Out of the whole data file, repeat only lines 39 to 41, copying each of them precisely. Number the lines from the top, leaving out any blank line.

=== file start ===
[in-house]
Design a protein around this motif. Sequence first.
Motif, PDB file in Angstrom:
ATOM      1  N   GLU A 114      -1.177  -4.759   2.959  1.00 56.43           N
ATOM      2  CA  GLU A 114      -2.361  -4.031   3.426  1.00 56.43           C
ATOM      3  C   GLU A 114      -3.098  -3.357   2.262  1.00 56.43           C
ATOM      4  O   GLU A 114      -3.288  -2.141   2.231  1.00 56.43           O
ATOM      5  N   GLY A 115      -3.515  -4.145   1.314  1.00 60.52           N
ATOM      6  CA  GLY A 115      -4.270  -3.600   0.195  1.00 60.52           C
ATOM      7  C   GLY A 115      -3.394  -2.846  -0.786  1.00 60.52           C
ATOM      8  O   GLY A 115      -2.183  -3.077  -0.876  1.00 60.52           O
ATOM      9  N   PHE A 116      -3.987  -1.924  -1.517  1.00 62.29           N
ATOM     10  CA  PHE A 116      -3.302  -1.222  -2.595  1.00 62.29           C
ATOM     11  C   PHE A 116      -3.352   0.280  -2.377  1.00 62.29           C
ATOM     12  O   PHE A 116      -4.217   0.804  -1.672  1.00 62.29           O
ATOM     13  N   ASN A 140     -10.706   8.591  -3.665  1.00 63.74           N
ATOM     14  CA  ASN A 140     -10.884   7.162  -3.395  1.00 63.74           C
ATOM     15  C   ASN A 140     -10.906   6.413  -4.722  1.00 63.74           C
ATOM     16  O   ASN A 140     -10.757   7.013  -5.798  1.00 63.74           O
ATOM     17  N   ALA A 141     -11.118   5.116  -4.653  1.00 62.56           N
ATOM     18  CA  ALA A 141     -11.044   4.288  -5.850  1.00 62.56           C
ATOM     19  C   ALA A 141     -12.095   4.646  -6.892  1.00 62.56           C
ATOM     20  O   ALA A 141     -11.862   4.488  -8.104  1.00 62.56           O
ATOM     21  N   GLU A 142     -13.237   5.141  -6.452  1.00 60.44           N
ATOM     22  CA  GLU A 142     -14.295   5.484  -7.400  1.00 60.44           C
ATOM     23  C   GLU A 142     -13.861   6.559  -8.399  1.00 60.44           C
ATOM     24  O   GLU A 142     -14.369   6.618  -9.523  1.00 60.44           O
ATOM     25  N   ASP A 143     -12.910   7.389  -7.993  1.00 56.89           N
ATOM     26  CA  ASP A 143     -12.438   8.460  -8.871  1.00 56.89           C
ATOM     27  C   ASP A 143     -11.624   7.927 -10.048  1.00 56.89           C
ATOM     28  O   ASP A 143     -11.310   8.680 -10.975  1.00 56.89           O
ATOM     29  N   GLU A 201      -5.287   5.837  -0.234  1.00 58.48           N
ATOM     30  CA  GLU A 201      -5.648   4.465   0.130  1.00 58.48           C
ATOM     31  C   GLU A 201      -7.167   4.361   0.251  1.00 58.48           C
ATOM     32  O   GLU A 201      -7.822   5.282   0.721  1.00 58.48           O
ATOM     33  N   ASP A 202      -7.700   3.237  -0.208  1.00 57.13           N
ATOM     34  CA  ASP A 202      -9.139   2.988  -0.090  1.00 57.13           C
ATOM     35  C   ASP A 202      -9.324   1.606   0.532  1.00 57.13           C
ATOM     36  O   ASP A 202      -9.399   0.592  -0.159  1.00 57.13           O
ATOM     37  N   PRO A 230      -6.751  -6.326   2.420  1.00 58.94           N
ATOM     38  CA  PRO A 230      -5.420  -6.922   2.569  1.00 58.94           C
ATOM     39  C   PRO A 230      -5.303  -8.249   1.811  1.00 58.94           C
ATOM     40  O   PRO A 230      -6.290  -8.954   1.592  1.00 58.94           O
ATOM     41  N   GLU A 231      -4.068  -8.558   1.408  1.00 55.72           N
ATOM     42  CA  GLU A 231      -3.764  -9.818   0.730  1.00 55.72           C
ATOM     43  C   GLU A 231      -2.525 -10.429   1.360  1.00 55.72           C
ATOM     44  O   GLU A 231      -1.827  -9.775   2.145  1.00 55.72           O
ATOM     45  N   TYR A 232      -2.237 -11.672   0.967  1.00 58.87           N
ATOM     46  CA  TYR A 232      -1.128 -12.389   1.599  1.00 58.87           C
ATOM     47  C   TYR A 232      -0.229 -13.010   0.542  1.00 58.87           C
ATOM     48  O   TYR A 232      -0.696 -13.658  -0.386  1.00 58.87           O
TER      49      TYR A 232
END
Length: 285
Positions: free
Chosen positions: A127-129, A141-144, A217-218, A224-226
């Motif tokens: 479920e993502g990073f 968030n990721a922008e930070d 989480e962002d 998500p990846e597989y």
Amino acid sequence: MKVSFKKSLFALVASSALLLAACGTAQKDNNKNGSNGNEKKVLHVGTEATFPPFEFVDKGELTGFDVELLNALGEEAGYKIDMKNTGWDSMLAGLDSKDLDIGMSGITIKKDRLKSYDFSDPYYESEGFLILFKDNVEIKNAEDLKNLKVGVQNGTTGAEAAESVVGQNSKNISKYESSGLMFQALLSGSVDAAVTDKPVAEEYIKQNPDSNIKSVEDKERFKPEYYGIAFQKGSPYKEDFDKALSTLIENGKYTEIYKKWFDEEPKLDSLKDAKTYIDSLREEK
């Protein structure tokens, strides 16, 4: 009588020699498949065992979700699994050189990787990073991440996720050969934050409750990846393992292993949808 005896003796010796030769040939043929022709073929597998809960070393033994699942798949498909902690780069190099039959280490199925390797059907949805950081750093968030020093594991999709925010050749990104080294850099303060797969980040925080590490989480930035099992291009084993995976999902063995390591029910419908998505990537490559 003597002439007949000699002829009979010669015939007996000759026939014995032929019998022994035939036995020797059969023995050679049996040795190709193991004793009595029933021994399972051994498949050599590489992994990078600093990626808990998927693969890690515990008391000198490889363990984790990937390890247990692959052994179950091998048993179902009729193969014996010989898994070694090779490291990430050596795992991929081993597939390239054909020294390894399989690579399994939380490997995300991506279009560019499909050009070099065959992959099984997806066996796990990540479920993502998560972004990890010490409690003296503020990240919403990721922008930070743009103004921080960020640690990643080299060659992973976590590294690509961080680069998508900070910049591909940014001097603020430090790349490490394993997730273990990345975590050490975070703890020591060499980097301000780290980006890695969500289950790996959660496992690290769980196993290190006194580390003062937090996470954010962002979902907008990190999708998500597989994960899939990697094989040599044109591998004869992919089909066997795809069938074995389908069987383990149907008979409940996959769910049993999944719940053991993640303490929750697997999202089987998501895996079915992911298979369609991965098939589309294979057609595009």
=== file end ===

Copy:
ATOM     36  O   ASP A 202      -9.399   0.592  -0.159  1.00 57.13           O
ATOM     37  N   PRO A 230      -6.751  -6.326   2.420  1.00 58.94           N
ATOM     38  CA  PRO A 230      -5.420  -6.922   2.569  1.00 58.94           C